I was drifting off behind the wheel yesterday morning when the cell phone ripped me from my slow lane stupor.
“High Point P.D.’s chasing a bank robber off Hasty School Road. Scanner’s goin’ nuts. Where you at?”
”85, just shy of 109...” Now I was awake, hurtling down the interstate and late for a date with inconvenience. No longer drowsy with b-block feature fodder, I leaned into the wheel and pressed the accelerator, my marked news unit weaving a taut thread through the mean streets of Thomasville.
As I negotiated the gauntlet of stoplights and city buses, I thought about what lay before me. Covering the immediate minutes following a bank robbery was never easy. While the violated building wasn’t going anywhere, a growing contingency of law enforcers would no doubt be scrambling after the brain surgeons who’d staged the robbery in the first place. Since neither parties gave a damn about the TV cameras that inevitably joined the chase, it could be a bitch to cover.
But before I could cover this latest foot race fiasco, I had to get there. Doing my best to get through town without braking too many laws, I gunned the engines to close in on an old Caddy up ahead. As I did, three unmarked Crown Vics fell in behind me. Through the rearview mirror, I could see the jug-eared silhouette behind the lead car’s steering wheel. Studying the outline, I recognized the breed as small town detective - from the angry flat top haircut to the unfortunate clip-on tie holding everything intact. Wishing they were ahead of me instead of behind, I punched the gas to give them space….and almost slammed into the Cadillac in front of me.
The knuckles and blue hair gave her away, though both were barely visible above the Caddy’s front seat. Through her side view mirror I could see the stoic face of a family matriarch who was in no rush to get to the grocery store, or church, or quilting bee. Whatever her destination, she held three cars full of law enforcers and one grumpy news photog hostage as she poked along on the two lane road. In a scene reminiscent of the slow speed pursuit of O.J.’s white Bronco, we reached speeds of 34 miles an hour for an excruciatingly long ten minutes.
Mercifully, the road eventually turned four lane and I happily let the law-dogs behind me be the first to blow past Granny. Once they did, I followed and the rolling countryside outside my news unit’s window turned back into a bright green blur.
By the time I reached Hasty School Road, life had amped back up to spot-news speed. Up ahead, the unmarked units turned down different side streets, joining the roving fleet of squad cars that was combing over every inch of the rural stretch. The law was also on foot - everywhere I looked sheriff deputed were sprinting across yards, knocking in doors, interviewing farm wives. With a curse and a shrug I whipped into a gas station’s gravel lot and threw the Ford Explorer in park. Outside the news unit, two women in NASCAR t-shirts watched slack-jaw from the store’s doorway as a Dukes of Hazzard episode unfolded before them.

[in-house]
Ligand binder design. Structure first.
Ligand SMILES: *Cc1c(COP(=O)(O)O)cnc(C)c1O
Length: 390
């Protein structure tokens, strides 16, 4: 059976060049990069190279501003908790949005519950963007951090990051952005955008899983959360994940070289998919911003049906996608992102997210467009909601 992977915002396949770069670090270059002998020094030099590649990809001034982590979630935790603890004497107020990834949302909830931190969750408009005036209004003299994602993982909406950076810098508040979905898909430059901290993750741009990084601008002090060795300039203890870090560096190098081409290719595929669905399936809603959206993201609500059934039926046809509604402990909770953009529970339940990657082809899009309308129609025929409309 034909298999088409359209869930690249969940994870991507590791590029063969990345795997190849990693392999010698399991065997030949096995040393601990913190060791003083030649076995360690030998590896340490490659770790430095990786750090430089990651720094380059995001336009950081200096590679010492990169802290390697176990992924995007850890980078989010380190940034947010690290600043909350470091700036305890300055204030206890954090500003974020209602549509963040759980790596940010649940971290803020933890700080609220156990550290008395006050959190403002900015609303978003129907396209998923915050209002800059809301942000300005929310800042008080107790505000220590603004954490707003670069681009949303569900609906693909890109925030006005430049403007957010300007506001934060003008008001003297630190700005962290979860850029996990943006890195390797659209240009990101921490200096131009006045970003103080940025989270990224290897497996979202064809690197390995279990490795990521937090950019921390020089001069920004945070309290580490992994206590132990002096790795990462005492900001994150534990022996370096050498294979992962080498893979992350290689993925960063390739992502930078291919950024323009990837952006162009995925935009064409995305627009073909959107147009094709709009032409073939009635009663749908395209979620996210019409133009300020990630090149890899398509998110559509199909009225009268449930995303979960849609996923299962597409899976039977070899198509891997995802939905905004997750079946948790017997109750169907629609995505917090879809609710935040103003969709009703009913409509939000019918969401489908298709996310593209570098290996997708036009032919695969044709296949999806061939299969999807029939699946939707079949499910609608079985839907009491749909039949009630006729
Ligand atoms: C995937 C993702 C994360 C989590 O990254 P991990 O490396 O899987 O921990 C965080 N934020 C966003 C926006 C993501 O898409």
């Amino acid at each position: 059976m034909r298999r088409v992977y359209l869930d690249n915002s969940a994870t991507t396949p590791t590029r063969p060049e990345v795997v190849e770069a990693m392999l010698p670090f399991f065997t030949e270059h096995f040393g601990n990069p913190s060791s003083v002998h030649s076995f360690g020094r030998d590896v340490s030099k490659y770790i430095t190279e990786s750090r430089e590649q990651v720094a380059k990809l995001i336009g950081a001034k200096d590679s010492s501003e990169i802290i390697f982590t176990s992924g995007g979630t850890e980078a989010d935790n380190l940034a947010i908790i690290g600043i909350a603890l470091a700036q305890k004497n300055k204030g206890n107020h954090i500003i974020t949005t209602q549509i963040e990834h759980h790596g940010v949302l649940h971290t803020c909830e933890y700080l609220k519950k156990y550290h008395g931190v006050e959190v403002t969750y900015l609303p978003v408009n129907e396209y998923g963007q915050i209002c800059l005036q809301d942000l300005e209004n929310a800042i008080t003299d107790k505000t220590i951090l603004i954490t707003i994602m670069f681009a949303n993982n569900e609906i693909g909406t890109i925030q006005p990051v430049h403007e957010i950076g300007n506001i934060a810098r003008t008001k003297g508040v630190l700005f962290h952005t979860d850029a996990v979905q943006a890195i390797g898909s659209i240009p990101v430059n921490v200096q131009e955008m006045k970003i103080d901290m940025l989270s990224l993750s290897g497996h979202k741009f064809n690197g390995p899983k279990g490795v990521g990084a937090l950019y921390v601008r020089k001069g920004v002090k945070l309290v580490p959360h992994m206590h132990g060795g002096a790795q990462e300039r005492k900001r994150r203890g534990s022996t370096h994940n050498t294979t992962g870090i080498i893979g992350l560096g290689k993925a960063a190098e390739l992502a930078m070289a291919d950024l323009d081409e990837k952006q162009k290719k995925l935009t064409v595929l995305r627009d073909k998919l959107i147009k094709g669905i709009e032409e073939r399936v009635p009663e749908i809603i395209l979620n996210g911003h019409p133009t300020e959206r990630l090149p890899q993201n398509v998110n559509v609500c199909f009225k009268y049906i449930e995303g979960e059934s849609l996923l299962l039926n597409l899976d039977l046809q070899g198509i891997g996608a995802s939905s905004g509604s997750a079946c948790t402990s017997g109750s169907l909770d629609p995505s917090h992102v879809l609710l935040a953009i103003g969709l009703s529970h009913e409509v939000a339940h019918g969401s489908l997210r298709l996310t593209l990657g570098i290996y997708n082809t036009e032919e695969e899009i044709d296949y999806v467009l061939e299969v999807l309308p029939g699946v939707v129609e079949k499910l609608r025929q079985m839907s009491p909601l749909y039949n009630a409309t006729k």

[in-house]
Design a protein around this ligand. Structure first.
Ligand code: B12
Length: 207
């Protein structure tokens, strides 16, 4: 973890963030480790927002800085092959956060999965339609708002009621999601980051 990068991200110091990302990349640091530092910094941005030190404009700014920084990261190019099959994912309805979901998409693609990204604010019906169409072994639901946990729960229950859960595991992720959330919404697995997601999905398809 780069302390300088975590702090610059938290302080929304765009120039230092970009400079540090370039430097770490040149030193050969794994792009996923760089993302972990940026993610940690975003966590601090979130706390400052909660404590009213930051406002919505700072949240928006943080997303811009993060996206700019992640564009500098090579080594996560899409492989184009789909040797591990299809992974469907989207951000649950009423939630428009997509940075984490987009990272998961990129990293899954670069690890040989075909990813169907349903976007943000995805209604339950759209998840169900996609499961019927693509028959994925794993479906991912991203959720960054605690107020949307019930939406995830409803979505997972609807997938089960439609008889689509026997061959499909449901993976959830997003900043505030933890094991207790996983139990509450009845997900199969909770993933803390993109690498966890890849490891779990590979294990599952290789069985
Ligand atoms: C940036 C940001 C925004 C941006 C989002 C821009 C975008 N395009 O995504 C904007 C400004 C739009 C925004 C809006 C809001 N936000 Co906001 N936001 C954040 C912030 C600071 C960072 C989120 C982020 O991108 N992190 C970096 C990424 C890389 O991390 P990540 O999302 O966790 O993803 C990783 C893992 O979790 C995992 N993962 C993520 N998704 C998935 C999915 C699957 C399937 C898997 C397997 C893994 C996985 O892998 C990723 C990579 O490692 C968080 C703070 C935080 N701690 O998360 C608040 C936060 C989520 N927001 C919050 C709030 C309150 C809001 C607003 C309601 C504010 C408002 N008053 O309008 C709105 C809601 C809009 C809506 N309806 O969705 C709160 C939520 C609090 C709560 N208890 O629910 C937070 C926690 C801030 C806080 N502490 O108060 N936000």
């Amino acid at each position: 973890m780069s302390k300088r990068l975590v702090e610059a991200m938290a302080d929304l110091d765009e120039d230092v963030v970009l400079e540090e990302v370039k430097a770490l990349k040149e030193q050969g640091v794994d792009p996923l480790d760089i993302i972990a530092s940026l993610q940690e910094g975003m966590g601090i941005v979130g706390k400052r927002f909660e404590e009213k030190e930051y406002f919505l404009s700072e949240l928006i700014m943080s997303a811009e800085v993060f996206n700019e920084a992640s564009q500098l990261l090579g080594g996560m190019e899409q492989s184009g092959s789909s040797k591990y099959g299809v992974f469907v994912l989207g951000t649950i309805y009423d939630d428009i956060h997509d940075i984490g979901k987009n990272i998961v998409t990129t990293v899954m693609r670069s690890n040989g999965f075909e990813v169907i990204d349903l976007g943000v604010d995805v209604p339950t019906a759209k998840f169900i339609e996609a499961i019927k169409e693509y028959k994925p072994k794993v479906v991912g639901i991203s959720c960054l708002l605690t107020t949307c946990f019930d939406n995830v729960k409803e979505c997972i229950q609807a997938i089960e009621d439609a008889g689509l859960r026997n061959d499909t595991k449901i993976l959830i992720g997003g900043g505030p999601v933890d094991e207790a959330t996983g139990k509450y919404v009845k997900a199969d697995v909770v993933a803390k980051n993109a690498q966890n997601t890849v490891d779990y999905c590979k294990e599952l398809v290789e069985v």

“Hey ladies,“ I said as I pulled my tripod and camera from beneath the tailgate. “Where day at?”
The one in the Intimidator shirt unfolded her beefy arms, revealing an old, oversized cell phone and lots of jiggly arm-flesh,
“All da law’s headin down thar…”
I followed the direction of the woman’s outstretched hand and saw more blue twinkling in the distance. Instinctively, I leveled my lens and hit the Record button. Through my viewfinder I could see police cars pouring into a subdivision. Zooming out, I followed the sound of a thunderous engine and caught a perfect frame of a tinted-window Crown Vic thundering past me.
“Scanner’s saying they caught one of them! Back in some neighborhood…” I was back behind the wheel, the cell phone jammed in my ear and barking instructions.
“Left on Century, Right on Peacock, then it should dead-end.” I could hear my assignment editor’s map book rustling in the background. But by that time I had to drop the phone to grab the steering wheel, whereupon I quickly parked my news unit in a cockeyed driveway. Leaping out of my ride, I grabbed the camera and ran toward the cluster of cops cars and uniformed officers down the block.
I was halfway there when the police cars began pulling out. Skidding to a stop I shouldered my camera and brought the first black and white into view. Half out of breath, I had to brace myself to steady the shot. Hitting the VTR button with my thumb, I followed the approaching cars on a tiny screen an inch from my eye. The first zoomed by in a huff of but several large men with walkie-talkies were holding the third one up.
With my sonar pinging, I kept the car in frame while I jogged toward it. When I did the deputies stepped back from the car and it began inching forward. I zoomed out and stepped closer. Through the car’s window and my lens I saw a handcuffed figure with sandy blonde hair trying to become one with the floorboard. I smiled inside, glad to have bagged my quarry. But just as the suspect’s image embedded itself onto my disc, the deputy driver hit the gas and my video trophy shot out of sight.
Police radios cracked in the distance as I stood there, breathing heavy and reviewing the shots in my mind. Quite certain my footage would consist of no more than thirty seconds on-air, I caught my breath and tried not to think about the appointments I was now late for. Still, as I trudged back to my idling SUV, I quietly savored the flavor of a job that still occasionally gets my pulse going.
Of course that was all forgotten two hours later when I found myself stuck at a press conference, half-listening to the German CEO of a Chemical plant prattle on in heavy-accented deadpan about how excited he was to be coming to the Piedmont. There’s a clock stopper for ya.